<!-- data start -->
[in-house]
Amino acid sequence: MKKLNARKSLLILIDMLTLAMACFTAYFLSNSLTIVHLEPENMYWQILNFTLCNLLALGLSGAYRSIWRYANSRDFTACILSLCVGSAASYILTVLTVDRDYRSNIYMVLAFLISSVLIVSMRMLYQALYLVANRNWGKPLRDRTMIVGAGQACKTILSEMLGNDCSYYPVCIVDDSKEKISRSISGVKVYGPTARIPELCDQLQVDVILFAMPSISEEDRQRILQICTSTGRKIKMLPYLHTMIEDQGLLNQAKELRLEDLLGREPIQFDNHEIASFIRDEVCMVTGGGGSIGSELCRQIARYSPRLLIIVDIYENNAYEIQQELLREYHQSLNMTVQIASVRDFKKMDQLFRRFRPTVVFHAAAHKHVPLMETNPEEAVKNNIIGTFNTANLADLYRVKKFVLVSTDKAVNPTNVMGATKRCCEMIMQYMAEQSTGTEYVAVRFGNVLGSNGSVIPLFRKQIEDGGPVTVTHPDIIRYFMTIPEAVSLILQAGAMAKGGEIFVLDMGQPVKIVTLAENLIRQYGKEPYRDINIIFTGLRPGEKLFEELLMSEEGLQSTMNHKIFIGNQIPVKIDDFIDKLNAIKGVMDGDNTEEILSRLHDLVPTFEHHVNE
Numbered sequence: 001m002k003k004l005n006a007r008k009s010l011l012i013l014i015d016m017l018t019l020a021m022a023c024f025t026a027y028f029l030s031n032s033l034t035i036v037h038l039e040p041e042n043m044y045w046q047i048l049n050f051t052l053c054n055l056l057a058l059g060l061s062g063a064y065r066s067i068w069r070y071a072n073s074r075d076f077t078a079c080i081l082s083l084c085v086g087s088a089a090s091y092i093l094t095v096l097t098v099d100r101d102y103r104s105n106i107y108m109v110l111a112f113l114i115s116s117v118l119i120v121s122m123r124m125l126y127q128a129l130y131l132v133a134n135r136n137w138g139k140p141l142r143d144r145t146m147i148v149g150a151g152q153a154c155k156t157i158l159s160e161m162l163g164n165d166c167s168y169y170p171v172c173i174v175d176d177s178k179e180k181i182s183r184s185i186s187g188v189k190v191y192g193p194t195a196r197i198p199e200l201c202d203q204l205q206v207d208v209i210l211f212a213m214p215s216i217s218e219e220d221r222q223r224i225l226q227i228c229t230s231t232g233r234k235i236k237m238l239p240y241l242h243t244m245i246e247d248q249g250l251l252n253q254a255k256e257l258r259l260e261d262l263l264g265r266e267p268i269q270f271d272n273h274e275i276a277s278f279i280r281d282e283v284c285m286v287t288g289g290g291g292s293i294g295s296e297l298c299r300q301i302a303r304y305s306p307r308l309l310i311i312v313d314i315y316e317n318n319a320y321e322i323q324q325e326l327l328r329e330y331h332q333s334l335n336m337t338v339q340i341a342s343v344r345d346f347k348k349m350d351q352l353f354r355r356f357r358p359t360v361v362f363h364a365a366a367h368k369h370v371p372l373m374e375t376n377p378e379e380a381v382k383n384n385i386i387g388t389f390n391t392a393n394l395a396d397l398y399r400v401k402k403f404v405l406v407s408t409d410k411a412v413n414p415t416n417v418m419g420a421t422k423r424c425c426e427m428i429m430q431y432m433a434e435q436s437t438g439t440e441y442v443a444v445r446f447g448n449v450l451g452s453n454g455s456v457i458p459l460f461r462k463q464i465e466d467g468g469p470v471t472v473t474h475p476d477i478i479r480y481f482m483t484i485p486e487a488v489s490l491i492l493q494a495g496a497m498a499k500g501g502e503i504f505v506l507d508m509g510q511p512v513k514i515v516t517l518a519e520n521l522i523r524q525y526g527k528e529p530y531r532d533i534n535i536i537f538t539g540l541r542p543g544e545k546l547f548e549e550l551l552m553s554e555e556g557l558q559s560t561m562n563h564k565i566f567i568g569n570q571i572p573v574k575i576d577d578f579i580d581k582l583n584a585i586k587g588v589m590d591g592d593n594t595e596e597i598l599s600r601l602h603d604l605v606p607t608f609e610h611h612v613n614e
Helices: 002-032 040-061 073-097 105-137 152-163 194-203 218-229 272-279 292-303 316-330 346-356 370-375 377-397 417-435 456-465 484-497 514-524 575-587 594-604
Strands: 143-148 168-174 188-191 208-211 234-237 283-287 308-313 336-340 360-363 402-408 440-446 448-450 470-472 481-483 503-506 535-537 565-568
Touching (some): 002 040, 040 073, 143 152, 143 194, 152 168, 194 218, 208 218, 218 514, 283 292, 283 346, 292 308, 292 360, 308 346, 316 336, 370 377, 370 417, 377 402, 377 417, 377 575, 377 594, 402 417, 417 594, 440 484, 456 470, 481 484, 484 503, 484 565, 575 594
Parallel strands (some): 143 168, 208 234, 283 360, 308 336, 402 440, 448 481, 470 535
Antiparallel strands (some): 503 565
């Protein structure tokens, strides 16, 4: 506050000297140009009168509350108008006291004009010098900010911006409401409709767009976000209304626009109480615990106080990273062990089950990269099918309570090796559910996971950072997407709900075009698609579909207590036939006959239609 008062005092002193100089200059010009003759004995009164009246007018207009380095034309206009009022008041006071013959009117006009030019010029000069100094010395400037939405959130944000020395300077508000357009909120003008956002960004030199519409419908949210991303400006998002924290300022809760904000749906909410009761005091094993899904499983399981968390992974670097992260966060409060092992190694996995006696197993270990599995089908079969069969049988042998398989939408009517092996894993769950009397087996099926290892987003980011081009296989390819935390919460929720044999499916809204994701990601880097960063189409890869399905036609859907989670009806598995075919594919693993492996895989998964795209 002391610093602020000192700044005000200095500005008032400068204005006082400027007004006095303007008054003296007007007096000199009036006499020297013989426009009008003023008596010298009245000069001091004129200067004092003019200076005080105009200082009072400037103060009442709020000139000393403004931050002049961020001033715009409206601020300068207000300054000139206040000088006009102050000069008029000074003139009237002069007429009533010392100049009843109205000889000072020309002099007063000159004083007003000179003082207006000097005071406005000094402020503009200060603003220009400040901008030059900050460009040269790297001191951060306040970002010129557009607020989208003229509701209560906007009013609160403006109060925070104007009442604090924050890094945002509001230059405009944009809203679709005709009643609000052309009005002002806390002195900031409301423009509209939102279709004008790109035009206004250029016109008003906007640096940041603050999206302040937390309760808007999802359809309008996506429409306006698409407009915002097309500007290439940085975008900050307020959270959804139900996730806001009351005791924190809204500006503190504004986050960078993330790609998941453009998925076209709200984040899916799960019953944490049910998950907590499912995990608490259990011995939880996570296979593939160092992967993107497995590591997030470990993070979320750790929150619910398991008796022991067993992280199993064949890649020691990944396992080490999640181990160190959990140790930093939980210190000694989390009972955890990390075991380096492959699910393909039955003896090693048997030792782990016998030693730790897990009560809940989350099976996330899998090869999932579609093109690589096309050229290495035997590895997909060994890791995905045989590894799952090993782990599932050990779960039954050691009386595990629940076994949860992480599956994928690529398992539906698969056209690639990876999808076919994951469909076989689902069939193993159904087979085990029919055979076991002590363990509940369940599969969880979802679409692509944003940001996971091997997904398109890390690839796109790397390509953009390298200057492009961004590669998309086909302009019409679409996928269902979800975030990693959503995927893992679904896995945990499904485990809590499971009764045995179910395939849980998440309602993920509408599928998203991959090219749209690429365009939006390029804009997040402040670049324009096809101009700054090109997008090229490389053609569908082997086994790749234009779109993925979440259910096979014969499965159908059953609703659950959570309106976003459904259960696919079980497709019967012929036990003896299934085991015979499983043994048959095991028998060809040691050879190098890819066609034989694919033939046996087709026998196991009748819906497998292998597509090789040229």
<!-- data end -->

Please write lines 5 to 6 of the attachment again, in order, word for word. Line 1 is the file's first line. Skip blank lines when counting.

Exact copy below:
Strands: 143-148 168-174 188-191 208-211 234-237 283-287 308-313 336-340 360-363 402-408 440-446 448-450 470-472 481-483 503-506 535-537 565-568
Touching (some): 002 040, 040 073, 143 152, 143 194, 152 168, 194 218, 208 218, 218 514, 283 292, 283 346, 292 308, 292 360, 308 346, 316 336, 370 377, 370 417, 377 402, 377 417, 377 575, 377 594, 402 417, 417 594, 440 484, 456 470, 481 484, 484 503, 484 565, 575 594